The conceit of literalizing the baggage of past lovers was always one of the brilliant strokes of O’Malley’s series, but it translates even better to the screen under Wright. The graphic novel’s inherent video game logic and influence come alive in absolutely kinetic sequences. Matthew Patel’s (Satya Bhabha) fight is equal parts Street Fighter and Enter the Dragon. Famous actor Lucas Lee (Chris Evans) gives Scott Pilgrim a chance to do a cutting satire of a hardened action star. Former Superman actor Brandon Routh’s Todd Ingram channels his absurd vegan powers like a Dragon Ball Z Super Saiyan. On and on it goes. Each of the seven battles is bolstered by shifting aspect ratios, easy to follow choreography, and an overall inventiveness other comic book movies wish they could have. Marvel movies typically have two or three standout setpieces, while Scott Pilgrim has seven notable ones, each with a unique hook. 

But the scenes between those setpieces are nothing if the acting talent attached to them is subpar. Looking back on the cast a decade later, and Wright’s casting is prophetic. Chris Evans is just a year away from taking up the shield in Captain America: The First Avenger. Brandon Routh was in Superman Returns and would soon join the CW/DC TV universe. Mary Elizabeth Winstead would eventually play Huntress in Birds of Prey. Aubrey Plaza would have a star turn in Noah Hawley’s Legion series for FX. Brie Larson’s Captain Marvel went head-to-head with Thanos! These are just the cast members who went on to do other comic book movies; Anna Kendrick was just a few years from her Pitch Perfect ascension, then there’s the god Kieran Culkin (shoutout Succession Hive), and the always fantastic Mae Whitman. Hell, Jason Schwartzman’s role as mega-record producer Gideon Graves seems to be just as much an inversion of his indie-based bonafides as Cera’s casting is in conversation with his previous parts. In retrospect, Wright accurately predicted who the next generation of Hollywood superstars would be and provided each of them a moment to shine. Chris Evans’ delivery of the line, “Sometimes I let him do the wide shots while I’m getting blazed in my Winnie,” Brandon Routh’s dead-on dumb jock persona as Todd, Brie Larson’s pitch-perfect blonde bombshell-esque whisper—all just a few highlights that endure.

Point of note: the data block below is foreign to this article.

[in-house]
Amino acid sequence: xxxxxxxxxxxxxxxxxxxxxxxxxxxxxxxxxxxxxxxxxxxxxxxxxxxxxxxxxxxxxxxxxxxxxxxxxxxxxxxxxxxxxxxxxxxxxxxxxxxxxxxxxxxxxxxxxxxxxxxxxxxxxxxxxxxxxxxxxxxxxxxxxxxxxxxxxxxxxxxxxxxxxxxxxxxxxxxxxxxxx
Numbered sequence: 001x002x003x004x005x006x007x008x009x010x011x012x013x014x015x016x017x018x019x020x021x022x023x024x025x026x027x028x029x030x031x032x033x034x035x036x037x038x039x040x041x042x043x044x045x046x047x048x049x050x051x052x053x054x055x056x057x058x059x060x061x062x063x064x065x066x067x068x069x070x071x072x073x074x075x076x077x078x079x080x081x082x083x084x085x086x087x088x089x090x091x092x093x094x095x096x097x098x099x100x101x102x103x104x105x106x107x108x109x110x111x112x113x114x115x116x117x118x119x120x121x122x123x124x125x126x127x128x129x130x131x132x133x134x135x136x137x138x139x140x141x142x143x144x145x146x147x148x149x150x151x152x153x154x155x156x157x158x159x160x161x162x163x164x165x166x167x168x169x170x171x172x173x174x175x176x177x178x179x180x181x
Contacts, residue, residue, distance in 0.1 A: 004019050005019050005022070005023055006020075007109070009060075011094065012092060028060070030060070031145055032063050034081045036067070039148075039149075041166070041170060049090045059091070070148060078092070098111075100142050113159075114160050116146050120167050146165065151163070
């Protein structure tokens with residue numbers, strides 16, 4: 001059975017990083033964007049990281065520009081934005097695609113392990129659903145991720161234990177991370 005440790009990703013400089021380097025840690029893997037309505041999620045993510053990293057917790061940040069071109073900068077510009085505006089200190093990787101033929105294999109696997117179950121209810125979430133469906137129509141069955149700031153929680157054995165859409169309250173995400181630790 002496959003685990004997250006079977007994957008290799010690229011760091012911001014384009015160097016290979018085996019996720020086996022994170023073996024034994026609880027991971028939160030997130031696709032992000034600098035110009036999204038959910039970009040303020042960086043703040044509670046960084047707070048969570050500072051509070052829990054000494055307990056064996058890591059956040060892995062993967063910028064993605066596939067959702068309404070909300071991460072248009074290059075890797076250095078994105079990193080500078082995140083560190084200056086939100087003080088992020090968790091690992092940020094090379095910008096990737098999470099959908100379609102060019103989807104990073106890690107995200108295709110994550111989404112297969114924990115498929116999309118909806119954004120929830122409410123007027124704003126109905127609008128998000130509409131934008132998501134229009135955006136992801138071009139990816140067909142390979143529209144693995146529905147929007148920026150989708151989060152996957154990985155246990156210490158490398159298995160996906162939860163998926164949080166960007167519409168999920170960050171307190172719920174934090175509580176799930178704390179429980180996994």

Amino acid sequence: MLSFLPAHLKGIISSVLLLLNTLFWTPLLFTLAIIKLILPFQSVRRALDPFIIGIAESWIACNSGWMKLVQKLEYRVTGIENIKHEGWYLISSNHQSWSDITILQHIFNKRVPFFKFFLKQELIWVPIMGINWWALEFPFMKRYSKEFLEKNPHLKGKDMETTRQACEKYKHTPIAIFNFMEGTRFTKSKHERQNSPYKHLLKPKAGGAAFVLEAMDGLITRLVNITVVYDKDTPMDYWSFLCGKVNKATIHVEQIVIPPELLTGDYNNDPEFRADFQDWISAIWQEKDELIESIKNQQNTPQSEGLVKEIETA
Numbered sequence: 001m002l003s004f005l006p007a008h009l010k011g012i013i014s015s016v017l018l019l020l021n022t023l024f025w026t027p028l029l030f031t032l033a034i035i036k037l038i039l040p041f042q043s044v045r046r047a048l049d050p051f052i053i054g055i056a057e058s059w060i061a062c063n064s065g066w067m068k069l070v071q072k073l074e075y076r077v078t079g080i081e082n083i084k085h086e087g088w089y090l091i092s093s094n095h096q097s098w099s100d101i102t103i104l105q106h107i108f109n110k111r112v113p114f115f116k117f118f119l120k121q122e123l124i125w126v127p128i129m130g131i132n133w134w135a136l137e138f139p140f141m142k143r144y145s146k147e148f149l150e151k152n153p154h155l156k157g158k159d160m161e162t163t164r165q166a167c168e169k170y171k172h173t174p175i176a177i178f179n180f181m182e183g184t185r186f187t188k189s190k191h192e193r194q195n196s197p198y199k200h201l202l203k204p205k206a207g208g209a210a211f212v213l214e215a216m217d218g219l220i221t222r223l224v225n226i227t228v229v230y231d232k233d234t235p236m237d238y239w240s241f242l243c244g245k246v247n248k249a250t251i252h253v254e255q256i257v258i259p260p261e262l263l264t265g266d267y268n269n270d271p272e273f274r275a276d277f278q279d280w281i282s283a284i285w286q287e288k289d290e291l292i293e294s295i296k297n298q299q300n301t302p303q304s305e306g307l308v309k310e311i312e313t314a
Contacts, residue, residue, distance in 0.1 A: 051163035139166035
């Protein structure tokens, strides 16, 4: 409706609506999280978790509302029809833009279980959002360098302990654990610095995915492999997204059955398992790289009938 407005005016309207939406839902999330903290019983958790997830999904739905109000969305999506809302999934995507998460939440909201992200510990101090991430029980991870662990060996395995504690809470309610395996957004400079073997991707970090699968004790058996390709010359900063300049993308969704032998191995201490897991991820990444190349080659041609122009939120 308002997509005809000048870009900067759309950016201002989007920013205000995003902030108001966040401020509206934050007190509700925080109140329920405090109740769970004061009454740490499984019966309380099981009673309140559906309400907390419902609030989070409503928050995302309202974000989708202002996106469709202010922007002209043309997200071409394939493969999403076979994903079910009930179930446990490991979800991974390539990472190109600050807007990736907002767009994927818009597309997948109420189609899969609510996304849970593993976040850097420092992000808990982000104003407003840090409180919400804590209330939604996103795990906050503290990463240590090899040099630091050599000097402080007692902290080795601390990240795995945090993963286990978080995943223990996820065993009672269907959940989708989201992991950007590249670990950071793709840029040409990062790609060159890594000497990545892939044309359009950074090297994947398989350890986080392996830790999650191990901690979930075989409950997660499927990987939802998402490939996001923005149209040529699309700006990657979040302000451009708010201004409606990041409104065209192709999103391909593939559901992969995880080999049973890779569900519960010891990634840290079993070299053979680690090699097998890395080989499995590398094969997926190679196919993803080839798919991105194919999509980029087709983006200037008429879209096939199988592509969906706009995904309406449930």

Wright and Michael Bacall’s script sets up those superlative actors to succeed, layering joke after joke in such a lightning-fast manner that it’s hard to notice every single bit the first or even second time. Once you add in the layered visual references, the movie becomes even denser. Notice the streetlights in this scene between Scott and Ramona and how they start to resemble hearts before the two kiss. Number and X iconography frequently linger in shots as a harbinger of doom to come. Funny bits of dialogue come and go so fast you might miss them entirely.

Many viewers missed Scott Pilgrim vs. the World altogether in 2010. Still, repeat viewings of the film feel like putting on your favorite record and hearing new nuances in a guitar part, something Scott’s bandmates would undoubtedly appreciate. Yet even as the film has gained popularity in the years after its release, it still feels undervalued as its entire look, feel, and overall execution are so singularly unique. Scott Pilgrim still feels ahead of its time—not only for comic book flicks—but for movies in general.